This weekend, a friend of mine asked me to replace a few rotten clapboards on her ca. 1790 Colonial house. When I pulled off the old clapboards, I was surprised to see that the carpenter who installed them had used 2-in. wide strips of 1/8-in. Masonite (hardboard) on approximate 16-in. centers to create an air gap between the clapboards and the sheathing. I’m guessing that this happened sometime in the 1960s or maybe the ’70s, judging by their use of 30-lb. felt over the sheathing and the Masonite, which I think was a fairly popular building material back then. (The house’s original clapboards were typically nailed directly over the frame.)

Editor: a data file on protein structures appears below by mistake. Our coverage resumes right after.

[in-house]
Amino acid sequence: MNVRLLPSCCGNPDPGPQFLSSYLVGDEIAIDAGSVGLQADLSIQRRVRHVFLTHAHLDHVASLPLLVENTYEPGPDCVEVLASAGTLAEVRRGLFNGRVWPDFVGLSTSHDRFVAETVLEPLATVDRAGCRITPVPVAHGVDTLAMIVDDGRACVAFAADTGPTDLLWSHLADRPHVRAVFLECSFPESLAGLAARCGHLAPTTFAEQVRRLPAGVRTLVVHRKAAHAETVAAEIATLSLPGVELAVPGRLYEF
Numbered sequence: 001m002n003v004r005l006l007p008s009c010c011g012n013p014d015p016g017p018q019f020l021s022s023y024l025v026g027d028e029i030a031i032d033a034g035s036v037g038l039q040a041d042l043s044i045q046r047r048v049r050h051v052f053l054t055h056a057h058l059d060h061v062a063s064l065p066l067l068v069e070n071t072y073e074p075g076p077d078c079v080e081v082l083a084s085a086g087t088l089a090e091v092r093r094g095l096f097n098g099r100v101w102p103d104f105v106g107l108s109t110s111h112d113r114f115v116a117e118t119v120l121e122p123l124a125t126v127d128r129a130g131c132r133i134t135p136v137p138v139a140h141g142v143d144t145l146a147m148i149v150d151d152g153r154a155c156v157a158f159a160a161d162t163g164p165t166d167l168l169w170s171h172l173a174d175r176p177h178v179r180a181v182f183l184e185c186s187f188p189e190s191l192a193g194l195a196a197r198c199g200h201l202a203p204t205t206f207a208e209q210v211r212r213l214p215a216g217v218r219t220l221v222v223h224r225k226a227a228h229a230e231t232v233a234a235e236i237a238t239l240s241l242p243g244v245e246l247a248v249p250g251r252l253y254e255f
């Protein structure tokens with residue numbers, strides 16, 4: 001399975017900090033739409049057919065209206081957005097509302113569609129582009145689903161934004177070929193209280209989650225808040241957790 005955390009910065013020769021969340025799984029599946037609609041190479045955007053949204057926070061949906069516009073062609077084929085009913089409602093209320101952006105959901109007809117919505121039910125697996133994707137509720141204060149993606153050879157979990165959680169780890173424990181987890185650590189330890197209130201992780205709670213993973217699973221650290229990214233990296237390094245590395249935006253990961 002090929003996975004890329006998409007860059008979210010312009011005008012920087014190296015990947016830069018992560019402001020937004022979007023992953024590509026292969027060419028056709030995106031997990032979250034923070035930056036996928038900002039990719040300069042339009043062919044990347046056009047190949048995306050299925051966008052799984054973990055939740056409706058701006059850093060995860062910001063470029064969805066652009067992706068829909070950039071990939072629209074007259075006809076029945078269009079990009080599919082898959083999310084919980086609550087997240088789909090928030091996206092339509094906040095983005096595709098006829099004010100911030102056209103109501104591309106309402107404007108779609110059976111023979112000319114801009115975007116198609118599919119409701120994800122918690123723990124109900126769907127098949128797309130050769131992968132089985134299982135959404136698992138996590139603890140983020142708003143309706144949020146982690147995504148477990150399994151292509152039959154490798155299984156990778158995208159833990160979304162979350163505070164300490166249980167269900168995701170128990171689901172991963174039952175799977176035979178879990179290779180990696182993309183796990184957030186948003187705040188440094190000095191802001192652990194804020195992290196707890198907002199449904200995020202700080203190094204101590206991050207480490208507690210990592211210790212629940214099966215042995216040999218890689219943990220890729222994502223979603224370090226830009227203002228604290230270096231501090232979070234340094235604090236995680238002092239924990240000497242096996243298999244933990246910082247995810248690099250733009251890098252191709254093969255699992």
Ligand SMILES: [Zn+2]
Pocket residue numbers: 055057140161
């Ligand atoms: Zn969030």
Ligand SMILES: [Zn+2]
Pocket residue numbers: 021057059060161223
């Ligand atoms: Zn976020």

Unfortunately, whoever did this job last didn’t backprime the clapboards – over the years their unpainted backs had absorbed lots of moisture and eventually rotted. If they had backprimed, the claps might still be good. After rippings strips from some red cedar for the Masonite substitute, I primed the replacements before nailing them up. Hopefully, they’ll last longer.
Anyone out there know the history of the rainscreen or seen anything like this?